What a week it has been for humankind in general, let alone the commodities and equities market. Since the Oilholic arrived back to London from Houston on March 14, in a matter of days whole towns, cities, metropolitan areas, regions and countries have gone into lockdown mode around the world, with the coronavirus or Covid-19 having spread to over 100 countries.
After China, where the outbreak originated at the start of the year, now Iran, Italy, Spain and South Korea are in its grip. Heightened alarm about the spread of the coronavirus has seen European Union nations, Canada and the US close borders. Whole airlines are grounded, restaurants, pubs, bars and shops are shut, and workers in many sectors in several nations have been advised to work from home with restrictions slapped on venturing out.
Under similar circumstances and restrictions imposed in London (effective March 23) comes this missive from the Oilholic's living room. The last few weeks have alternated between how much of a demand slump the coronavirus would cause to what impact the collapse of OPEC+ would have over the near-term.
Such conjecture misses the wider point. Events have overtaken OPEC+ and are now largely beyond its control, and what we are witnessing is not just a demand slump but a total near-term collapse. Most oil demand forecasters are now predicting a 2020 demand shrinkage of around 155,000 barrels per day (bpd) instead of demand growth. Under the circumstances, that might be too optimistic.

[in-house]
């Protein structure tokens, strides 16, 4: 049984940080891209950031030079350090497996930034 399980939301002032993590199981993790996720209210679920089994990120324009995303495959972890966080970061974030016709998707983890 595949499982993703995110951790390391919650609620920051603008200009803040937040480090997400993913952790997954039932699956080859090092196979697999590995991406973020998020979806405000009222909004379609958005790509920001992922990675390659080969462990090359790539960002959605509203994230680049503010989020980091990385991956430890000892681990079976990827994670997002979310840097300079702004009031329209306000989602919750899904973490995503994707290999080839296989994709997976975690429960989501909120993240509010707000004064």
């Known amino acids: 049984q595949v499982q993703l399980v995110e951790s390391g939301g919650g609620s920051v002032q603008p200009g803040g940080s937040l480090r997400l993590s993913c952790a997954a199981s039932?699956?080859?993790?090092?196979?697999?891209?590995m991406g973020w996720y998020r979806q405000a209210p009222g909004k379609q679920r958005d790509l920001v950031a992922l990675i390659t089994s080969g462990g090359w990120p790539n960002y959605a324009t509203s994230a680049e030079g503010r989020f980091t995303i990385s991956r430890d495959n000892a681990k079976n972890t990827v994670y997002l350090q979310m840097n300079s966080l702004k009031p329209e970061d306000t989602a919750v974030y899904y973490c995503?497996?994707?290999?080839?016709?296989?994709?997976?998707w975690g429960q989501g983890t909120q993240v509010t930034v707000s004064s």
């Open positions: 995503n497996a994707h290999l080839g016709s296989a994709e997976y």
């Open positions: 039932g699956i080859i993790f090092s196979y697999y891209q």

From where the Oilholic sits, we could see a shrinkage of 250,000 bpd instead of a projected demand growth of 1.2 million bpd prior to the outbreak. Consider this - of the big five crude importers, China, which imports on average a whopping 14 million bpd, has had a lousy first quarter, and is likely to have disappointing or muted second and third quarters. Japan and South Korea are likely to import less, as will the US.
India, the one economy many were pinning their hopes, as a demand driver for 2020 prior to the coronavirus outbreak has also just gone into a lockdown effective Tuesday (March 24) for 21 days.
The country imports an average of 5 million bpd. So in three weeks alone, India won't be needing around ~ 100 million barrels with the negative impact spread over parts of the first and second quarters. Away from the big five, OECD demand remains as low as ever and is likely to head lower on temporary lockdowns from Poland to Australia.
And in the face of this demand crisis, is the issue of oversupply that has arisen in the wake of the collapse of the OPEC+ with Saudi Arabia, Russia and other OPEC and non-OPEC producers vowing to pump more. For now, after posting declines of 20-30% week-over-week, Brent and WTI futures have settled in the $20-30 range following US stimulus measures to combat the coronavirus.
That may well prove to be a temporary reprieve after the extent of the supply glut, somewhere in the region of 10 million bpd in unwanted crude oil, becomes clearer. As for what it means for oil and gas companies large and small - here is the Oilholic's take via Forbes, as players bunker down for $20 oil prices and prepare to write of 2020. That's all for the moment folks! Stay safe! Keep reading, keep it 'crude'!
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© Gaurav Sharma 2020. Photo © Royal Dutch Shell, Oman.